There's something wonderfully romantic about steam locomotives. They speak to you. They have personalities. They whomp and clank and hiss. There's a lot going on. For the engineer and fireman — the two folks operating the engine — there's much more to do than in a modern diesel locomotive.
The American Locomotive Company K-28 shown here, number 478, was built in 1923 for the Denver & Rio Grande Western to run on its narrow-gauge rail lines in the mountains of Colorado. Standard rails are 4 feet 8.5 inches wide, while the D&RGW's lines were just 3 feet wide. The narrower gauge meant the trains could make tighter turns and navigate the narrow mountain passes and tunnels of Western Colorado.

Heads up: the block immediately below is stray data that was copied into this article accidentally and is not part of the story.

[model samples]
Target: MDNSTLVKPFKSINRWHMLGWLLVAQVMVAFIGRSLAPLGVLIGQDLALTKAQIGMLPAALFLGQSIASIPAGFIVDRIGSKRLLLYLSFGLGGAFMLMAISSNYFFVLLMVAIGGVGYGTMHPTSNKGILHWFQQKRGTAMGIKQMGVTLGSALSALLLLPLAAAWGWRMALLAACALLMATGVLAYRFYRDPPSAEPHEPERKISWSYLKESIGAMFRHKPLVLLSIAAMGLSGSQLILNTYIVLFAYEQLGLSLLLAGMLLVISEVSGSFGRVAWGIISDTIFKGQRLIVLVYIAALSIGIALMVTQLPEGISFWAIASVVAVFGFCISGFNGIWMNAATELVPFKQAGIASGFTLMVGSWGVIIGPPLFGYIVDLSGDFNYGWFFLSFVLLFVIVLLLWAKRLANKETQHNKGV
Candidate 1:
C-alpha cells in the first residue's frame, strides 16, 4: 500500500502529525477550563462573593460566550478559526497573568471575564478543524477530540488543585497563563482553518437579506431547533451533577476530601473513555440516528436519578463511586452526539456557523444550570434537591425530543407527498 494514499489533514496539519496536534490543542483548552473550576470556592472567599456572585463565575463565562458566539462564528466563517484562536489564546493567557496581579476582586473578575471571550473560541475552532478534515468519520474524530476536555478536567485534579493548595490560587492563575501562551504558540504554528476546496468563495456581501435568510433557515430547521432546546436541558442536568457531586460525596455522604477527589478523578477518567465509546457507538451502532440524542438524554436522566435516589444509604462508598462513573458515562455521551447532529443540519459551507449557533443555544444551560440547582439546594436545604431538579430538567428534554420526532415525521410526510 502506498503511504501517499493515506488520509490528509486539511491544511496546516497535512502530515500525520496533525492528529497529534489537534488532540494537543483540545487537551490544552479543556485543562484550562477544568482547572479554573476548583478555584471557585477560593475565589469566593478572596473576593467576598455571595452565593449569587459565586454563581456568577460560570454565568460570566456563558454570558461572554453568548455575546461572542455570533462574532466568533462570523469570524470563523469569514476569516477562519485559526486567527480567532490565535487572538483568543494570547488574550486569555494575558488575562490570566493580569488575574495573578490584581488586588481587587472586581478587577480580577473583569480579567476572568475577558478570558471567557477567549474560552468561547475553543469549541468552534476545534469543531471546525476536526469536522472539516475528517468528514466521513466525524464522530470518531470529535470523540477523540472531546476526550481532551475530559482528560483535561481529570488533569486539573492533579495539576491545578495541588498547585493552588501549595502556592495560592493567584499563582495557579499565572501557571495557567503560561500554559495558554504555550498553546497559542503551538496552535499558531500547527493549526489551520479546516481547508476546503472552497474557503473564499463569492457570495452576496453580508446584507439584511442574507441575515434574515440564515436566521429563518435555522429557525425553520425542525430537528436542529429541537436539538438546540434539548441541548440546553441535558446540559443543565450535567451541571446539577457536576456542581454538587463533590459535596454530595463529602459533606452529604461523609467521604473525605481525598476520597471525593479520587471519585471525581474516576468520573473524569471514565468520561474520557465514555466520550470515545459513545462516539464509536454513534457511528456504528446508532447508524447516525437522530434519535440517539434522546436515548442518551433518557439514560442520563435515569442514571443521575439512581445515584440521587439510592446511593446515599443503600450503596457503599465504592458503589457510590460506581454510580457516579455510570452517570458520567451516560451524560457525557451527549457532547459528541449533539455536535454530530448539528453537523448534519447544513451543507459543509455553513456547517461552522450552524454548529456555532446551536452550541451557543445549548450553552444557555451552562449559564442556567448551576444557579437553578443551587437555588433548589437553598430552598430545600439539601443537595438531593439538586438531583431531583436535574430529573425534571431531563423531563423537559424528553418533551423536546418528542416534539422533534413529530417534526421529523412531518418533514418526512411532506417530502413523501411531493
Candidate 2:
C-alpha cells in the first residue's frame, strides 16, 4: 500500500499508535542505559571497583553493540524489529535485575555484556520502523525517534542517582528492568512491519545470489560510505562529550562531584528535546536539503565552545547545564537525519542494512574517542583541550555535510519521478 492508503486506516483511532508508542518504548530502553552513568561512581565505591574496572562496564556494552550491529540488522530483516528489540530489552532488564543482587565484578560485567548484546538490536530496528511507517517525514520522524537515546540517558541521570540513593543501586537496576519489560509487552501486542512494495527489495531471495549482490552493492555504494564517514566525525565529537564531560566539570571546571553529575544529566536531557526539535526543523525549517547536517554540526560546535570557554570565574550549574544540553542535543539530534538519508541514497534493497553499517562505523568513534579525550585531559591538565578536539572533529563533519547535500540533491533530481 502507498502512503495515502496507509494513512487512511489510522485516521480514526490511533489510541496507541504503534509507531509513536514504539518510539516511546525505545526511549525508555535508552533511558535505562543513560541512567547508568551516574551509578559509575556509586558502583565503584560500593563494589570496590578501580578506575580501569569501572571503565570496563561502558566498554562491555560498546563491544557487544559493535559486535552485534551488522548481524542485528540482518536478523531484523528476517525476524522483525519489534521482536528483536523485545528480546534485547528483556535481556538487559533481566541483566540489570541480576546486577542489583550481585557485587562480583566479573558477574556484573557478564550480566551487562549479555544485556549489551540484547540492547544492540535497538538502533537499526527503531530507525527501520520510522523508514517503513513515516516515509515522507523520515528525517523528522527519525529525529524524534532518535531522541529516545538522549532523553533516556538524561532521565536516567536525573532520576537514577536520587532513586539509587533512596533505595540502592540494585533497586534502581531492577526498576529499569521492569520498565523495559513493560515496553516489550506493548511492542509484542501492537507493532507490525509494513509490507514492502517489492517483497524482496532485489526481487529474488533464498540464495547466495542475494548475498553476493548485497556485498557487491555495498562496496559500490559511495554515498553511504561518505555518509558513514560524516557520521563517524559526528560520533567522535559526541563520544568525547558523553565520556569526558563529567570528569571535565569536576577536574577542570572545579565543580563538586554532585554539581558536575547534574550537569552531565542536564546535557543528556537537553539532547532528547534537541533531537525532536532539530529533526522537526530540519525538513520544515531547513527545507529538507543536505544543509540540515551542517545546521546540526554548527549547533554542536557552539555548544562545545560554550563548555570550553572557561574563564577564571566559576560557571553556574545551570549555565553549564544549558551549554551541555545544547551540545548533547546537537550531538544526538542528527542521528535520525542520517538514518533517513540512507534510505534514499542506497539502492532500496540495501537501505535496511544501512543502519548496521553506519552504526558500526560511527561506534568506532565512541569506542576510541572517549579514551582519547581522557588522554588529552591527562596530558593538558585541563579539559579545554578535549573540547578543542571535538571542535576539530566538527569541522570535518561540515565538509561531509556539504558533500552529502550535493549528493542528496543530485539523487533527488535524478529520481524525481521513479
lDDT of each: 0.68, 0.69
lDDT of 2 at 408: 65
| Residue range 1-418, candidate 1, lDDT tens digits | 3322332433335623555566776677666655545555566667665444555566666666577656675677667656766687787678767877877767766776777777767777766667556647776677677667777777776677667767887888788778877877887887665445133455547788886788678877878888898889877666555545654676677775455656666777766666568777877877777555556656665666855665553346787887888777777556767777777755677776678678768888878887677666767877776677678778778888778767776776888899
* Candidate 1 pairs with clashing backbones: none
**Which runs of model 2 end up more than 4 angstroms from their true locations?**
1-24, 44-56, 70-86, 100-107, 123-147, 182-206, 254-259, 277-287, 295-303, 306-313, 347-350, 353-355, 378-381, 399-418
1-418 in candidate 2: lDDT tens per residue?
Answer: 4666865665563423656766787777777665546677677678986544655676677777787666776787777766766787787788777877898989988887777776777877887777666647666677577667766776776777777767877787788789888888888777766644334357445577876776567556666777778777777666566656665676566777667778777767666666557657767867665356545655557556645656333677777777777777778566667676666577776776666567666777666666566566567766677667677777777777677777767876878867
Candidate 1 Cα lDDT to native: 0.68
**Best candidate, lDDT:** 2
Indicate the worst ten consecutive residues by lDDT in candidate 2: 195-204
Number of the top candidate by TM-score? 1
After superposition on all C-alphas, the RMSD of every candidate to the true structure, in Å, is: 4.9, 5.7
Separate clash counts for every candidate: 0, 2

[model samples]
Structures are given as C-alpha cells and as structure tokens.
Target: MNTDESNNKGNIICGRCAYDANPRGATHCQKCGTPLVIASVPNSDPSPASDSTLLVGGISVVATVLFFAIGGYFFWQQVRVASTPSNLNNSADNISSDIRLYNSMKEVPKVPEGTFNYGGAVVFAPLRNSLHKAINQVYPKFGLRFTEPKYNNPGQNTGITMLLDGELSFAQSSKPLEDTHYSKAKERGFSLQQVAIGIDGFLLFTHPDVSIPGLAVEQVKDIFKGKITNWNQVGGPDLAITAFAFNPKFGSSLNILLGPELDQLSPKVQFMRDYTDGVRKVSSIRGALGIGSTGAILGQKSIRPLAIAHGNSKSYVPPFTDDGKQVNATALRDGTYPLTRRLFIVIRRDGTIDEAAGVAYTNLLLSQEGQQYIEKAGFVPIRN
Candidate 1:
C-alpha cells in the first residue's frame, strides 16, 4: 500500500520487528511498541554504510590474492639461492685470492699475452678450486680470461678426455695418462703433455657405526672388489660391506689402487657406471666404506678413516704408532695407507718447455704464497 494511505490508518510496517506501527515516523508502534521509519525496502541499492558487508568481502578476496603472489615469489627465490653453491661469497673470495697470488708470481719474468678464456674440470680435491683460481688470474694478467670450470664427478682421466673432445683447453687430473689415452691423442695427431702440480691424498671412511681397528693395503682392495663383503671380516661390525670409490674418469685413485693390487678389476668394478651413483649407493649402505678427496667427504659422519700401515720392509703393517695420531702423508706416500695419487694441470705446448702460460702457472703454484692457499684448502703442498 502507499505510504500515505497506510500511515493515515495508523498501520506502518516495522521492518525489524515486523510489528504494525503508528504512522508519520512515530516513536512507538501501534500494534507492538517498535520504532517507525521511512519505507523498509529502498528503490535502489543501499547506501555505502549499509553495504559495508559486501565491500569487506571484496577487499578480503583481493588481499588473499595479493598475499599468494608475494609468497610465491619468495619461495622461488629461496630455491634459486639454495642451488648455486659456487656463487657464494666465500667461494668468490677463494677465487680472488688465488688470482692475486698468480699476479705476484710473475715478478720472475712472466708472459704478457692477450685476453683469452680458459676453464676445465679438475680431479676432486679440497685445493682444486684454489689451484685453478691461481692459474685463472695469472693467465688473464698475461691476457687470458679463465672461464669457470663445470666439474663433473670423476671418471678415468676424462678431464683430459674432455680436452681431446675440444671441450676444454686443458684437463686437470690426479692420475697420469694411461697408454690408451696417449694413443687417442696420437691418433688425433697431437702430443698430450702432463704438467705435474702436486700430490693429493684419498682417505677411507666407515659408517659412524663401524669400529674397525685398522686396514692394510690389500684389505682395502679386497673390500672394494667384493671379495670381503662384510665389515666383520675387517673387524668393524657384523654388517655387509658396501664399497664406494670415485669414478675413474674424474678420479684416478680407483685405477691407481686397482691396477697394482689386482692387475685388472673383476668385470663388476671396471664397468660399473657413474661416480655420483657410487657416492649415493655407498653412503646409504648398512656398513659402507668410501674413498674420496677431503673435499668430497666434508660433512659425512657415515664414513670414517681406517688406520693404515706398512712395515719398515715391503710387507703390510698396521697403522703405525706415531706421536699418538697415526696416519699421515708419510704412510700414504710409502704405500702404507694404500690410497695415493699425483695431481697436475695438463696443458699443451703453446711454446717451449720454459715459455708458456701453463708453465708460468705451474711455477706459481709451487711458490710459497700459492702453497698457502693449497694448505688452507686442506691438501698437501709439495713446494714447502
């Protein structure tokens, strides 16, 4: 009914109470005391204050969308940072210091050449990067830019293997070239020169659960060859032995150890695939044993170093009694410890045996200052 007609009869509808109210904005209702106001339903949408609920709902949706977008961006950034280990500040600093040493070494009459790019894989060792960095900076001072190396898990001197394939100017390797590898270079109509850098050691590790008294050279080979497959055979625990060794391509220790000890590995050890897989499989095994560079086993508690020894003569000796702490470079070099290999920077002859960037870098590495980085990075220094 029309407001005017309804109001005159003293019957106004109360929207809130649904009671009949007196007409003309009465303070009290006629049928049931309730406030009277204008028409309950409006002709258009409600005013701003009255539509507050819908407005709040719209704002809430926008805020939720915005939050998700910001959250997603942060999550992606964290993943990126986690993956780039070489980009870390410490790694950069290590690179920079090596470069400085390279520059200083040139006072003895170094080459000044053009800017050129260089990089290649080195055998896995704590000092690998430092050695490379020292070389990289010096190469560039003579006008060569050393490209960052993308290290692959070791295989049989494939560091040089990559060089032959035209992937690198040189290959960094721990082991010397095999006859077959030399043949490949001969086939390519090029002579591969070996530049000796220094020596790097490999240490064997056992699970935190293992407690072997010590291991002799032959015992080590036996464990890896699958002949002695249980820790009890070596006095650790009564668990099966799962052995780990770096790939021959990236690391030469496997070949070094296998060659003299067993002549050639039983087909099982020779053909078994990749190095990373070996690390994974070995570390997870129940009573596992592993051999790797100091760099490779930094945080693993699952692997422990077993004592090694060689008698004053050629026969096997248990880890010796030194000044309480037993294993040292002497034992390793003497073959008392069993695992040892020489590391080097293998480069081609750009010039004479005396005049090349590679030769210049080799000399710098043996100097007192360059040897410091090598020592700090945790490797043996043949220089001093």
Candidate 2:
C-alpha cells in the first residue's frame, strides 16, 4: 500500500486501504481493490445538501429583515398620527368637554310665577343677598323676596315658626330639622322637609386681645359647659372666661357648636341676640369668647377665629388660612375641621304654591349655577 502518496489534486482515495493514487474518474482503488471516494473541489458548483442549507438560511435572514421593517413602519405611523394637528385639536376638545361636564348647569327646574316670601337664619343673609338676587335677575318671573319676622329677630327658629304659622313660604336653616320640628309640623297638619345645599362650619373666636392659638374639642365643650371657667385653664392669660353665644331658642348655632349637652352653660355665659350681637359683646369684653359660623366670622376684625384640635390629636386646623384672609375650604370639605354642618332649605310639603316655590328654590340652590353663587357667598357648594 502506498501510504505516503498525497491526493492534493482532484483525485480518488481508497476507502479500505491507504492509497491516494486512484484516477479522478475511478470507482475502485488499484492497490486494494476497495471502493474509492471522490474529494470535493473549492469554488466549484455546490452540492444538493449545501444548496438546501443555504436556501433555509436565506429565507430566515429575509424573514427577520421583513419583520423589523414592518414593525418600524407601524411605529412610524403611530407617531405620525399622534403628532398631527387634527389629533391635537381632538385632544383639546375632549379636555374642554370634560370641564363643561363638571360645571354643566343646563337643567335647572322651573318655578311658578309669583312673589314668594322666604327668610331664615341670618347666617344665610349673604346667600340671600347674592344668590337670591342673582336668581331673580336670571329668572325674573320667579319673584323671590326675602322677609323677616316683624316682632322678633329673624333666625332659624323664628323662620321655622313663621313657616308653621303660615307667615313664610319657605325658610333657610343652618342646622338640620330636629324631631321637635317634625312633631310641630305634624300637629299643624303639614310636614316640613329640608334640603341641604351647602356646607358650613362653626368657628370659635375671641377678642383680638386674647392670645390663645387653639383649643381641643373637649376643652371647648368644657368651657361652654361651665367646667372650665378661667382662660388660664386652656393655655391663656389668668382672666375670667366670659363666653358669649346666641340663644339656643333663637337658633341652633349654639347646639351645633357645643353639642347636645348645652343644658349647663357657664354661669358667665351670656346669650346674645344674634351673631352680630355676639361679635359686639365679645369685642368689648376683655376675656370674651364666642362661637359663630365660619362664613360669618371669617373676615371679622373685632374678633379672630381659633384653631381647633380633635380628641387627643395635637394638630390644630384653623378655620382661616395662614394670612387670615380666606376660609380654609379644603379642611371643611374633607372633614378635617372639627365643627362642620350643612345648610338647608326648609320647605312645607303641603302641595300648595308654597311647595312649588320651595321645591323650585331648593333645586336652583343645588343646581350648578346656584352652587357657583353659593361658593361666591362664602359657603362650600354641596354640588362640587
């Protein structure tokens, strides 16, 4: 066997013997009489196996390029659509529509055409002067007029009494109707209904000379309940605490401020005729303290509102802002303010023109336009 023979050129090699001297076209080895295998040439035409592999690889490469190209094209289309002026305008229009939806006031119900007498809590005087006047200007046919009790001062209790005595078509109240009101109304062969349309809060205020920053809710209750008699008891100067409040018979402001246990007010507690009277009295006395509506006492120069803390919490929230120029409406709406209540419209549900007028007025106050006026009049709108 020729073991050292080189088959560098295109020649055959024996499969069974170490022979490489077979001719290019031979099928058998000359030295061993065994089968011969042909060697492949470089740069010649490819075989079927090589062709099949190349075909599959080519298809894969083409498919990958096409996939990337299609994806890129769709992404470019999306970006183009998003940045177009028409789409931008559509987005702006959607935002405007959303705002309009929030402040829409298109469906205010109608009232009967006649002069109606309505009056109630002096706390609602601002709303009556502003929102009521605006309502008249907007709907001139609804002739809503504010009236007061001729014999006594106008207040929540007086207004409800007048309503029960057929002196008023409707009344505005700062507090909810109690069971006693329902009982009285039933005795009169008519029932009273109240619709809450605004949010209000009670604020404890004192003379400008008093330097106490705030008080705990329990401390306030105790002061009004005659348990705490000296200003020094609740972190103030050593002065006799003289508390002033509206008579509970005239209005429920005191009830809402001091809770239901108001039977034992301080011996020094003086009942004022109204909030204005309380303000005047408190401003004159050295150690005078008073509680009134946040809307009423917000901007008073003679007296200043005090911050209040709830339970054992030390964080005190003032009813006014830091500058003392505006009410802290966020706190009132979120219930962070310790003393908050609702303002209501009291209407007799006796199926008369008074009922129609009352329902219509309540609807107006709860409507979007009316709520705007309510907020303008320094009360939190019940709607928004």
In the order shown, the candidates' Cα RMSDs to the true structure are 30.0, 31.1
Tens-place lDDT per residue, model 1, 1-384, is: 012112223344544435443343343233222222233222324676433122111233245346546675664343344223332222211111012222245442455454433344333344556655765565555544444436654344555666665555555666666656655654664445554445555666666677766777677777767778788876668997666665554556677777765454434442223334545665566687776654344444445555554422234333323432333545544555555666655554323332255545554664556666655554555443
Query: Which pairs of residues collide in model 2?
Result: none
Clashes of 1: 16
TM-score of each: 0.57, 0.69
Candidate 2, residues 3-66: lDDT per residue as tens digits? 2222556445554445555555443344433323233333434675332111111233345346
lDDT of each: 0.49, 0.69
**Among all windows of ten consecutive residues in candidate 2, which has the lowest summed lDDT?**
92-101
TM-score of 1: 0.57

Named the K-28 because they could produce roughly 28,000 pounds of tractive effort (a way to measure how much an engine could pull), they were affectionately known as "sports models" because they were optimized for speed and lightness — well, as speedy and light as a 150,000-pound locomotive that's nearly a century old can be. For comparison, Amtrak's modern ACS-64 locomotive produces 72,000 pounds of tractive effort.
The 478, shown here, is owned by the Durango & Silverton Narrow Gauge Railroad (disclosure: my wife works for the D&S) and recently fired up for the first time in three years. Here are some shots of the hardworking engine in the Durango Yard.